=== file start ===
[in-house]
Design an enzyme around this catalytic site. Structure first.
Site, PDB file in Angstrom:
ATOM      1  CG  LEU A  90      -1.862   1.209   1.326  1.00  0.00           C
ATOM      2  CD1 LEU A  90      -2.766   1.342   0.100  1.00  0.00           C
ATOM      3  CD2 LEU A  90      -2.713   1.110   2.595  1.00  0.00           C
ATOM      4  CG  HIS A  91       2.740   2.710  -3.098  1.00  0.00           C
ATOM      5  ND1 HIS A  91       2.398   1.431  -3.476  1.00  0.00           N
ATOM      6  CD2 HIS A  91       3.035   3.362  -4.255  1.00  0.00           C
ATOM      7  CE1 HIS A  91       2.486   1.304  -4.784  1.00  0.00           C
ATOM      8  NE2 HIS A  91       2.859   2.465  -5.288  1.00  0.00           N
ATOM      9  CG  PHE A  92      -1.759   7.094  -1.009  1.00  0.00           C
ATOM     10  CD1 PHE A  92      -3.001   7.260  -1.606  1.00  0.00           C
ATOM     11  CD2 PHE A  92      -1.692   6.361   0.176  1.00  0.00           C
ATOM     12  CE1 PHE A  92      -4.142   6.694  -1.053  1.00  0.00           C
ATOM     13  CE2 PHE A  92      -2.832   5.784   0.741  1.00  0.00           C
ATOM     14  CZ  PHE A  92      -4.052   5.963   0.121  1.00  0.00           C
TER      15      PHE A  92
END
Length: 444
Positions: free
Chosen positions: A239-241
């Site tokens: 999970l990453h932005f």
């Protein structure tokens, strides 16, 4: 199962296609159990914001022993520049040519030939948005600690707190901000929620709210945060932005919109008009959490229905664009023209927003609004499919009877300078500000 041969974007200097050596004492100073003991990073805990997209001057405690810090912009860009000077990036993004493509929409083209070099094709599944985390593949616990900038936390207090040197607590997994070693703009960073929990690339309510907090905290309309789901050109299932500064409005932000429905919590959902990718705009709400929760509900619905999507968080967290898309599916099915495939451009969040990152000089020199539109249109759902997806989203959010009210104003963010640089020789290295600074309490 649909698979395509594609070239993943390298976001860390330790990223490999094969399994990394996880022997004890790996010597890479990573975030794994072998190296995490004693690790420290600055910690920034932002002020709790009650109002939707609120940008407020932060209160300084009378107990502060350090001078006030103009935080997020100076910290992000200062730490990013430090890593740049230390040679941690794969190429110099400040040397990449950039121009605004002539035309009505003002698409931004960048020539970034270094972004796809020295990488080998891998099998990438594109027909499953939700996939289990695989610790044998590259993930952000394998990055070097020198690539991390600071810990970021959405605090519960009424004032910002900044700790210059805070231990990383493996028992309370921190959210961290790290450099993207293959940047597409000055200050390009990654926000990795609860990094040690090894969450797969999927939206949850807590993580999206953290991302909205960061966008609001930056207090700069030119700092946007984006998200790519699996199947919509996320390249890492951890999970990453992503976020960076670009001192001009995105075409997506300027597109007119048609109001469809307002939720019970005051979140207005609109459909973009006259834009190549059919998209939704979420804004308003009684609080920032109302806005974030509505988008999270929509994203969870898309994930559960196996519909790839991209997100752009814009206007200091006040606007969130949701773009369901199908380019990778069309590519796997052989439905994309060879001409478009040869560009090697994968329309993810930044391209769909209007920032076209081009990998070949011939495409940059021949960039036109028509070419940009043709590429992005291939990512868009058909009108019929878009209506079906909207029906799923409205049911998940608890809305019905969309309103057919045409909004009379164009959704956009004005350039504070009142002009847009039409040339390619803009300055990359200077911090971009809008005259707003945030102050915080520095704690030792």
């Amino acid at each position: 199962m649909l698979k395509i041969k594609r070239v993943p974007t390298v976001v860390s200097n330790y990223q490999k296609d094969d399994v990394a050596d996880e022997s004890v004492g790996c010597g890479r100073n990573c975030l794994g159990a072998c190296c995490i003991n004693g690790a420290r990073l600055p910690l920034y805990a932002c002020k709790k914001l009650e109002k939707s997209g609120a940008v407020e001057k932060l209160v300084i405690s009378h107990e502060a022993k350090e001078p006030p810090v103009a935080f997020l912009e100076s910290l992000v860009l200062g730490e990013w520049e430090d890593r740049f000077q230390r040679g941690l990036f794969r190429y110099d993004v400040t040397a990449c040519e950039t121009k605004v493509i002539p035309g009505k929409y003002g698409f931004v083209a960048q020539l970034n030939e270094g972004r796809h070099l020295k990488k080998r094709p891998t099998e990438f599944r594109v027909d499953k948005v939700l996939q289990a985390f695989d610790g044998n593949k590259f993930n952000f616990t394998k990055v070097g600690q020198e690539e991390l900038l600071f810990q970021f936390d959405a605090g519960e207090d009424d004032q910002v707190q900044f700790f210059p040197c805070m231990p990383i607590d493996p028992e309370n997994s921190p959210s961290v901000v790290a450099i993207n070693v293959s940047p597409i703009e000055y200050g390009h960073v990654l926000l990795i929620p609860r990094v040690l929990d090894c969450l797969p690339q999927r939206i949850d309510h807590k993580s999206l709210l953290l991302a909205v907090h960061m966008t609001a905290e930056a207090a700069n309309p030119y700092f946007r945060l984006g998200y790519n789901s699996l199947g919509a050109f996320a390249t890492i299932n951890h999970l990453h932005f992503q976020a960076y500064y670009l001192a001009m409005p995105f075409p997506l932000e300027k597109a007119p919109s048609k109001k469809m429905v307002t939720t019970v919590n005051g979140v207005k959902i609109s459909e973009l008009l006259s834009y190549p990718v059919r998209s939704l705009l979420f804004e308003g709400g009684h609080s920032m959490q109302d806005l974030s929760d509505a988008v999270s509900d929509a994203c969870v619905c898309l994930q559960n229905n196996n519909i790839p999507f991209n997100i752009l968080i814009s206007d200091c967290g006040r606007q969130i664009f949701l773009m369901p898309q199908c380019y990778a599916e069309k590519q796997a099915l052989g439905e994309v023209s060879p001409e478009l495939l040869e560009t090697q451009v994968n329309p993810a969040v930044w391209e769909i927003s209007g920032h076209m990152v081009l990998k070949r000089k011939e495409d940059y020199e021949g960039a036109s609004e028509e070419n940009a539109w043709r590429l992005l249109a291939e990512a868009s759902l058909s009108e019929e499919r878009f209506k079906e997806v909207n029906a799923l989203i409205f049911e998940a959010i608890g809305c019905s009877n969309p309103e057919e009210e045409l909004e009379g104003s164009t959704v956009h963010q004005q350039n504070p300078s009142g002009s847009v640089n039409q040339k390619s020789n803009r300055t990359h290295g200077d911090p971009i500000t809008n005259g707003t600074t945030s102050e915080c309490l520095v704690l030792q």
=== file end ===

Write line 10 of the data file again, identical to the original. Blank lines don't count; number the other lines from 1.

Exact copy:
ATOM      7  CE1 HIS A  91       2.486   1.304  -4.784  1.00  0.00           C